By Richard Donnelly
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Meet the US’s new breed of far right activists

Louis Theroux's new documentary is an important watch
Issue 2792
White nationalist Baked Alaska wears a 'USA' t-shirt in the colours of the US flag. Documentary maker Louis Theroux stands behind him

Louis Theroux (left) meets white nationalist Baked Alaska (Picture: BBC)

Twenty years after first investigating US fascism, Louis Theroux is back stateside to peer into the loathsome world of the far right. At first blush not much has changed.

“Antisemitic is a made up term. Jews think they can’t be criticised.” These could easily have been the words of Tom Metzger, the former KKK “grand wizard” in Theroux’s 2003 documentary. Instead they come from “Baked Alaska”, a streamer who is part of a new generation of far right activists.

This generation stands in the same political tradition as Metzger. But its strategy and tactics, and its aesthetic, have been reshaped by the Trump era.

The 2017 “Unite the Right” demonstrations in Charlottesville, Virginia was a key turning point—a public relations disaster for the far right. Open Nazis took to the streets with swastikas and torch-lit marches with chants of “Jews will not replace us,” exposing the movement’s antisemitism.

Pummelled between public outrage and anti‑fascist mobilisation, the far right retreated into damaging internal debates.

Some argued for open terror. Just a year later, Robert Bowers massacred 11 people at a synagogue in Pittsburgh, Pennsylvania. Others argued that, if white nationalism was to go mainstream, it would need to dump the swastikas.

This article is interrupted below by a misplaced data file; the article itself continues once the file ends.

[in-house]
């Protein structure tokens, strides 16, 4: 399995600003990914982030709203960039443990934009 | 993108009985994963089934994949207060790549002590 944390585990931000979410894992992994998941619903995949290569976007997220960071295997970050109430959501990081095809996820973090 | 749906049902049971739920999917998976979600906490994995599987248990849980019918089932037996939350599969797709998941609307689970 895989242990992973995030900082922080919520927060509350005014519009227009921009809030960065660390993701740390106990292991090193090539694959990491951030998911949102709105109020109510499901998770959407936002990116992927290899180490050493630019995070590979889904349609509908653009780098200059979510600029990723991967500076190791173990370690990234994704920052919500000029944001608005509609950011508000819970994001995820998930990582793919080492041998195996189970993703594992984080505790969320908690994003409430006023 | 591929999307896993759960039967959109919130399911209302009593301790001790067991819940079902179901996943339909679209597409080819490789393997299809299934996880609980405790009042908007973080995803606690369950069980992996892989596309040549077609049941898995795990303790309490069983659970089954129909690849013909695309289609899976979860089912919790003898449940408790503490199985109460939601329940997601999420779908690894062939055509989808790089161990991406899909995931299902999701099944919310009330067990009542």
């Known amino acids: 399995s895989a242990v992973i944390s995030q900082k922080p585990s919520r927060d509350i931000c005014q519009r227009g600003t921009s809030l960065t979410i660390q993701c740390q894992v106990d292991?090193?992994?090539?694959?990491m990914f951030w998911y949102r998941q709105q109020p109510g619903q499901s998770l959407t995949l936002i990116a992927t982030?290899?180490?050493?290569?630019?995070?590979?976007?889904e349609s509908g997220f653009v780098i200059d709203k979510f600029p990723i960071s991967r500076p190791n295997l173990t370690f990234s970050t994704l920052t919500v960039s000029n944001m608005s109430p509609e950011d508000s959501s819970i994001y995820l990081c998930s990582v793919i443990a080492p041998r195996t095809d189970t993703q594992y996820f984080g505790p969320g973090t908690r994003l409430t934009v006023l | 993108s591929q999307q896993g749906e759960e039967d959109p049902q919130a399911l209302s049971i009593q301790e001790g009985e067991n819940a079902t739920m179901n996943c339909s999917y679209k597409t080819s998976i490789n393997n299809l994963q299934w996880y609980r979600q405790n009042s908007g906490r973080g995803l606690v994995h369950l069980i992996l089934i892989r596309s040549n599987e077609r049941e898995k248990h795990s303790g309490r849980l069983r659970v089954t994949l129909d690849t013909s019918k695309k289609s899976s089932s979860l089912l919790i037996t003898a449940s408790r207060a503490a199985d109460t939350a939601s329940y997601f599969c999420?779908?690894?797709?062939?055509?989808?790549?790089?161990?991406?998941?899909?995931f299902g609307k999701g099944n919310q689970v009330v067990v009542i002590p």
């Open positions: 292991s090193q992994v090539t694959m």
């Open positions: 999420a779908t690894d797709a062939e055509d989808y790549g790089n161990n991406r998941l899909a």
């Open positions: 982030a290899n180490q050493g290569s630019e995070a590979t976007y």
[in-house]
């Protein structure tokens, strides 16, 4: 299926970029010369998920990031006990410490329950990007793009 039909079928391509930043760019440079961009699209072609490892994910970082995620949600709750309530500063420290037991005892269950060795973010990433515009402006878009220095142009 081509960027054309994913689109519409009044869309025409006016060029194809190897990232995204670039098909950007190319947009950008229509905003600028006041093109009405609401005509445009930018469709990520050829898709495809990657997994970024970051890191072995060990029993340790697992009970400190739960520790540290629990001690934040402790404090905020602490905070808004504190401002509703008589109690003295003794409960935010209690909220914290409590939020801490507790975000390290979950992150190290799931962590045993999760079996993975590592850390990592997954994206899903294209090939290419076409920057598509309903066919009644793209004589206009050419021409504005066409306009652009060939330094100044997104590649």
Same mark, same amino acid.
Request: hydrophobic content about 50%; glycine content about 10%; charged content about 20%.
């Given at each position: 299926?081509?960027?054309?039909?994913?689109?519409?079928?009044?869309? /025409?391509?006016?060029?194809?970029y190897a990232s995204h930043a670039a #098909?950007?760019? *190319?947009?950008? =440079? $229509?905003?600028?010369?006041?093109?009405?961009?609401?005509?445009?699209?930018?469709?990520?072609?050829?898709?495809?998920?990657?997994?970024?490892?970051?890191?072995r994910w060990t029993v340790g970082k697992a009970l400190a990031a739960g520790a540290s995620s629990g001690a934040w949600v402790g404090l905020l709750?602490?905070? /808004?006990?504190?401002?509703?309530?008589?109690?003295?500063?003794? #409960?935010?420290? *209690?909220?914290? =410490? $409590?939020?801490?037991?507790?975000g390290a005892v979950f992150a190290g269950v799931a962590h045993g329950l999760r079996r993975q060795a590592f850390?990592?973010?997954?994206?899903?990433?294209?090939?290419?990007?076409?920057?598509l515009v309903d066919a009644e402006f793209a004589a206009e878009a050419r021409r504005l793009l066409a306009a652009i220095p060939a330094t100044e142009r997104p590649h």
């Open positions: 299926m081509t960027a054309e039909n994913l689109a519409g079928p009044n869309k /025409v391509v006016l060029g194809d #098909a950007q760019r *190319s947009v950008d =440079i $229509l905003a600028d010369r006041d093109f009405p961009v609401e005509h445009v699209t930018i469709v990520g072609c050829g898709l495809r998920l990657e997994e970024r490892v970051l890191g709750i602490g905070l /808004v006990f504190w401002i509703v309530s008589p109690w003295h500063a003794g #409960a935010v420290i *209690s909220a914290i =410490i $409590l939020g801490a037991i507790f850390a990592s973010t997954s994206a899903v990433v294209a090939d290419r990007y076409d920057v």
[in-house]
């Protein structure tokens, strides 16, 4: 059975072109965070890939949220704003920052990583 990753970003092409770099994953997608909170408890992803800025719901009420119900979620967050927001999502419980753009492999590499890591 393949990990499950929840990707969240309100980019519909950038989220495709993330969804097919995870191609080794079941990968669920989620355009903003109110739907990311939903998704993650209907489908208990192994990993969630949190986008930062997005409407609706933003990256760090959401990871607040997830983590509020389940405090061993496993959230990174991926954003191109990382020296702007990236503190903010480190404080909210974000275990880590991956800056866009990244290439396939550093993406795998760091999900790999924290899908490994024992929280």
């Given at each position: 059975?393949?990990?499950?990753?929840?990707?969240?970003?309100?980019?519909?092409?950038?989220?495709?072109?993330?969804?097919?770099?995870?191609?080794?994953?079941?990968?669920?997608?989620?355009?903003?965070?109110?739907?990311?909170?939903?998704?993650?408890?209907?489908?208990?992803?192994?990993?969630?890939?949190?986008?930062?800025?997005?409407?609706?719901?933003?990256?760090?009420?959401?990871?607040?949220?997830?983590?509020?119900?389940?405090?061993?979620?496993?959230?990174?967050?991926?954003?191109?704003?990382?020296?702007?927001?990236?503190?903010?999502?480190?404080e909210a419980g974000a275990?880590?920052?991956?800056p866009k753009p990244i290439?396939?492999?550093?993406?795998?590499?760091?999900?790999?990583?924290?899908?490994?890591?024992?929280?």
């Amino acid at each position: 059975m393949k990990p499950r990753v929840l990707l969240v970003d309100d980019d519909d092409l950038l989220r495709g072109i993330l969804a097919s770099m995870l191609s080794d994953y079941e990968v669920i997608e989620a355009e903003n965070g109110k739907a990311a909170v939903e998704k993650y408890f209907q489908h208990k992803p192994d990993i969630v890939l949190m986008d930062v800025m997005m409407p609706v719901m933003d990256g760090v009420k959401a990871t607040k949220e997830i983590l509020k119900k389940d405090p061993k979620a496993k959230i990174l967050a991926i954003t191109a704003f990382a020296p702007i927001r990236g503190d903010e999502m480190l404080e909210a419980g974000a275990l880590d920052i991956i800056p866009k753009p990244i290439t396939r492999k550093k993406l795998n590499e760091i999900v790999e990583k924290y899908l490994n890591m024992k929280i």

These included Nick Fuentes, a 23 year old YouTube star who is Theroux’s main subject. Fuentes is a blend of social media influencer and traditional antisemite—a white nationalist provocateur for the social media age. His hallmark is advancing racism while offering shelter behind the idea that it is “just a joke”.

As one of Fuentes’ followers says, “I’m not a political guy. I’m just a gamer, a comedian. Making edgy jokes on the internet is punk rock.” Theroux perfectly describes this grim, nihilistic “comedy”—“playing at being racist while actually being racist and then accusing opponents of having no sense of humour.”

This is an important watch for those seeking to ensure that the Nazis don’t have the last laugh.


Louis Theroux’s Forbidden America: Extreme and Online, Sunday 13 February, 9pm and then on BBC IPlayer

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